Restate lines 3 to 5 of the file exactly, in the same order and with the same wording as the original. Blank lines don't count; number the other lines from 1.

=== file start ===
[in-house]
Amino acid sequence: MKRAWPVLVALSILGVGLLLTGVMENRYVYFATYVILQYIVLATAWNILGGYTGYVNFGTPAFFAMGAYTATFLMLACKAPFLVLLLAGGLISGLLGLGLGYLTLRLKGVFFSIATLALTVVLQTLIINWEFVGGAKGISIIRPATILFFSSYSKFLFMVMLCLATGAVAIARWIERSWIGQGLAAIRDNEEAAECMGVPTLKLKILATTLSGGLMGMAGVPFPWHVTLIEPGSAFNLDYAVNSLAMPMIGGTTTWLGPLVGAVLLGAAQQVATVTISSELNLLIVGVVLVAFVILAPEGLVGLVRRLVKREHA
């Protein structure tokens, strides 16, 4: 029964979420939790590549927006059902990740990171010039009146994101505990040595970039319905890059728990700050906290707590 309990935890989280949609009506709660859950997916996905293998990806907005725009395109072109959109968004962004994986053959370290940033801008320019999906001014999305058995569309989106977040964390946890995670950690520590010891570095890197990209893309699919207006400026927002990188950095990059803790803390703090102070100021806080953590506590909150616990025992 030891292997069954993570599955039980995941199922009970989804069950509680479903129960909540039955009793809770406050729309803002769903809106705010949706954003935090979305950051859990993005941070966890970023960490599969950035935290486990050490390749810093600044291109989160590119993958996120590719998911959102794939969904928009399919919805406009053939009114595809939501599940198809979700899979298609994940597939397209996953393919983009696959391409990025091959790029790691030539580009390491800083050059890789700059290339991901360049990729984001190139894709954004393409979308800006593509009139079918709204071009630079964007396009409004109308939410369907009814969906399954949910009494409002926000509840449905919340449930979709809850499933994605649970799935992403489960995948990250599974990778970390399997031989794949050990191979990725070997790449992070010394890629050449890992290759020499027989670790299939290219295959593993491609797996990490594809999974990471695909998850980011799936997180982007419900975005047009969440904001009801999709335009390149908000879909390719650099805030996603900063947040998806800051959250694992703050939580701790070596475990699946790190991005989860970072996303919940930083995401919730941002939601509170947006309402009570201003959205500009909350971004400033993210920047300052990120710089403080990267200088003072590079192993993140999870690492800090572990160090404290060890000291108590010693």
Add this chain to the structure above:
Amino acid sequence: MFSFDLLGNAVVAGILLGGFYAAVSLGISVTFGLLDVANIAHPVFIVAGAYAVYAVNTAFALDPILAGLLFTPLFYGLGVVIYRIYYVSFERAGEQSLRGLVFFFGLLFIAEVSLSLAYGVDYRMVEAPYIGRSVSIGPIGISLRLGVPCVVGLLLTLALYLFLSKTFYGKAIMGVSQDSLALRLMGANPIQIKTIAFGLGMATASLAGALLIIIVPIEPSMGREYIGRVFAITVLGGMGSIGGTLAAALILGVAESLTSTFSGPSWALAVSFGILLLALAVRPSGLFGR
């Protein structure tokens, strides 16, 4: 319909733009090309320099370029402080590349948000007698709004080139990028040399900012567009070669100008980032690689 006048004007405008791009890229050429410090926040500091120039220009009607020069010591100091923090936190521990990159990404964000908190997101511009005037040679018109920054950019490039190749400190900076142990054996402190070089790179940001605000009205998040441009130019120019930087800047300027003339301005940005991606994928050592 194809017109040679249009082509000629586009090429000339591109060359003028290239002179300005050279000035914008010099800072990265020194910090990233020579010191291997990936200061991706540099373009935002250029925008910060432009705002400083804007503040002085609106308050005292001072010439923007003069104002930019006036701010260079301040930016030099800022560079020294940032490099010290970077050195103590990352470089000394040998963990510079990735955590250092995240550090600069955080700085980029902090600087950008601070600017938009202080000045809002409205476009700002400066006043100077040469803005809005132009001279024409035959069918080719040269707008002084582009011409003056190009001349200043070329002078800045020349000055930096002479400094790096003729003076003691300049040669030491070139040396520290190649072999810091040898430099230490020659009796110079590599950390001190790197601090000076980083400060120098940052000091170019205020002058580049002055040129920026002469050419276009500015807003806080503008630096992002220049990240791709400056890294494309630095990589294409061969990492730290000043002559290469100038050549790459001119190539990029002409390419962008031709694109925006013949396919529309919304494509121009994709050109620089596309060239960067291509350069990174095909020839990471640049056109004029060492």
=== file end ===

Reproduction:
């Protein structure tokens, strides 16, 4: 029964979420939790590549927006059902990740990171010039009146994101505990040595970039319905890059728990700050906290707590 309990935890989280949609009506709660859950997916996905293998990806907005725009395109072109959109968004962004994986053959370290940033801008320019999906001014999305058995569309989106977040964390946890995670950690520590010891570095890197990209893309699919207006400026927002990188950095990059803790803390703090102070100021806080953590506590909150616990025992 030891292997069954993570599955039980995941199922009970989804069950509680479903129960909540039955009793809770406050729309803002769903809106705010949706954003935090979305950051859990993005941070966890970023960490599969950035935290486990050490390749810093600044291109989160590119993958996120590719998911959102794939969904928009399919919805406009053939009114595809939501599940198809979700899979298609994940597939397209996953393919983009696959391409990025091959790029790691030539580009390491800083050059890789700059290339991901360049990729984001190139894709954004393409979308800006593509009139079918709204071009630079964007396009409004109308939410369907009814969906399954949910009494409002926000509840449905919340449930979709809850499933994605649970799935992403489960995948990250599974990778970390399997031989794949050990191979990725070997790449992070010394890629050449890992290759020499027989670790299939290219295959593993491609797996990490594809999974990471695909998850980011799936997180982007419900975005047009969440904001009801999709335009390149908000879909390719650099805030996603900063947040998806800051959250694992703050939580701790070596475990699946790190991005989860970072996303919940930083995401919730941002939601509170947006309402009570201003959205500009909350971004400033993210920047300052990120710089403080990267200088003072590079192993993140999870690492800090572990160090404290060890000291108590010693």
Add this chain to the structure above:
Amino acid sequence: MFSFDLLGNAVVAGILLGGFYAAVSLGISVTFGLLDVANIAHPVFIVAGAYAVYAVNTAFALDPILAGLLFTPLFYGLGVVIYRIYYVSFERAGEQSLRGLVFFFGLLFIAEVSLSLAYGVDYRMVEAPYIGRSVSIGPIGISLRLGVPCVVGLLLTLALYLFLSKTFYGKAIMGVSQDSLALRLMGANPIQIKTIAFGLGMATASLAGALLIIIVPIEPSMGREYIGRVFAITVLGGMGSIGGTLAAALILGVAESLTSTFSGPSWALAVSFGILLLALAVRPSGLFGR